This morning’s Wall Street Journal has an article by Jonathan Fitzgerald of PatrolMag on the development of the evangelical intellect.  

I have had my differences with Patrol before, but I enjoy dialoging with them and have found them to be gracious in listening to my critiques.  I have dialoged with Jonathan extensively, and have found him to be warm, engaging, and very, very sharp.

Fitzgerald offers such an even-handed analysis that disagreements will inevitably come across as quibbling, which I have no desire to do.  He is justly critical of the mega church movement and its emotionally-laden appeals, and happily affirms the notion of Christendom that Dr. Reynolds put forward in The City.  He is at his best in highlighting the various ways and places that evangelicals are attempting to cultivate the life of the mind, and contends (rightly, I think) that the ‘intellectualist’ posturing of younger evangelicals is “merely be a way station on the path to rigorous thought.” 

But Fitzgerald’s framing of the developments obscures the fact that a generation of evangelical Christians paved the way for younger evangelicals like us to value of the life of the mind.  Noll’s book was published in 1994, well after the renaissance in philosophy was underway (which was based on the work of Alvin Plantinga and others).  While this renaissance has yet to be replicated in every discipline, as someone close to the world of evangelical higher education, it is clear to me that we younger evangelicals are the heirs, and not the founders, of a renewed tradition of evangelical intellectualism.   

But unfortunately, it seems that Fitzgerald cuts off his ability to inherit–and possibly, see–this tradition when he implies that the the road to a healthy intellectualism necessarily leads one out of the movement.  He writes:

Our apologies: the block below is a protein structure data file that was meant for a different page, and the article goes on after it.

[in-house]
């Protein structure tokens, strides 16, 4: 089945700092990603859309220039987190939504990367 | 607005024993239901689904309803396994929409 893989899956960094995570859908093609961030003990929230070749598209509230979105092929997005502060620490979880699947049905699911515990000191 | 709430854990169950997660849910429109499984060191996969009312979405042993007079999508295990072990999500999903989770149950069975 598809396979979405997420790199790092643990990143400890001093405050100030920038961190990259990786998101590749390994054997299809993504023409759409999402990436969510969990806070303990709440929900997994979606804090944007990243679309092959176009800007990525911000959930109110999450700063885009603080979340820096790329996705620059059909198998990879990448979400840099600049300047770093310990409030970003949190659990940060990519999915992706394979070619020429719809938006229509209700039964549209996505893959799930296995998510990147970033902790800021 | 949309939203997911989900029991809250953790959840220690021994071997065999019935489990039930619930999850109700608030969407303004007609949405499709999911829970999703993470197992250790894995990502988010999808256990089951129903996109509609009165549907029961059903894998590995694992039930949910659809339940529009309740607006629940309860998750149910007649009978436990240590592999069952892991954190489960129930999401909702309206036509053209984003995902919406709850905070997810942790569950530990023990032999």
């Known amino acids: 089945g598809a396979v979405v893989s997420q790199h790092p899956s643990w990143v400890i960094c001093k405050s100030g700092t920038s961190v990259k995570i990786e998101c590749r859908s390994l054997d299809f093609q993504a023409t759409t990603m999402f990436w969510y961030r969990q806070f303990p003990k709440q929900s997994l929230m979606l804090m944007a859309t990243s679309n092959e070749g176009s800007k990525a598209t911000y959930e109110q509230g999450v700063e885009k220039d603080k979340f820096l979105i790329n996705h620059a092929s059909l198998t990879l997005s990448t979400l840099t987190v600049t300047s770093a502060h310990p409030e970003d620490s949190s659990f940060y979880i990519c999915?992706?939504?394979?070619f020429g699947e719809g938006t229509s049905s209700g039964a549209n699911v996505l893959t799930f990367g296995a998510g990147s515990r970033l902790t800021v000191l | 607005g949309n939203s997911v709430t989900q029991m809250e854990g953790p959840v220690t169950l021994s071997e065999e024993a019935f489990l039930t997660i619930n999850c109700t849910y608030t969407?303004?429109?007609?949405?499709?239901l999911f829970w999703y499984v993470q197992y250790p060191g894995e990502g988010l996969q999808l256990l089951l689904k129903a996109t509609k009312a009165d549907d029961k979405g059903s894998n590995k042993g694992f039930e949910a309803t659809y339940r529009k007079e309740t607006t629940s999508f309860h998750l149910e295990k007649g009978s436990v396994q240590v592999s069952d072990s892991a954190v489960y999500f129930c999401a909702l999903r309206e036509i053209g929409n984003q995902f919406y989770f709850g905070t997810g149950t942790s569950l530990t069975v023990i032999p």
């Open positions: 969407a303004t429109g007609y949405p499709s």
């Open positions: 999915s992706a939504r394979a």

Christine Smallwood was less certain that [an evangelical intellectual] could exist. She asked: “Is there something anti-intellectual at the root of an experience-based movement?”

The answer is yes, and that must determine the course of evangelicals’ progression from decidedly anti-intellectual to intellectualist to intellectual. And, as this movement evolves from self-examination and moves into the public square, it may be that to fully achieve a robust intellectual culture, the “experienced-based movement” that is contemporary evangelicalism must recede, thus making way for Christendom.

Anti-intellectualism only goes “all the way down” if we discard the witness of those evangelicals, both now and throughout history, who wholeheartedly engaged the life of the mind while keeping the experiential character of their faith.  Our man Wesley, we should remember, was an Oxford man. 

What I would propose is not that the experience-based aspect of evangelicalism recede, but rather that it mature–and that we properly locate it in the context of sound doctrine, a robust ecclesial life, and the practices of the spiritual disciplines.  

Let every heart be warmed, as they were for Wesley, and then let them go read as many books as Wesley read and pray like Wesley prayed.  There is nothing intrinsic to evangelical theology or culture that suggests a properly evangelical intellectualism is impossible.  

All this aside, Fitzgerald’s piece is a helpful and fair snapshot of the emergence of the evangelical intellect, and for that I commend it highly.  

(Cross posted at Evangel)

Posted by Matthew Lee Anderson

Matthew Lee Anderson is the Founder and Lead Writer of Mere Orthodoxy. He is the author of Earthen Vessels: Why Our Bodies Matter to our Faith and The End of Our Exploring: A Book about Questioning and the Confidence of Faith. Follow him on Twitter or on Facebook.

  • I am new at this blog thing, guys; so you will have to give me some slack. However, I can not tell you how excited I am to find serious evangelicals dialoguing on orthodoxy.

    I particularly appreciated the insight evidenced in the statement posted by Matthew Lee Anderson @ 4:31 am in the Evangelicalism category, where he wrote: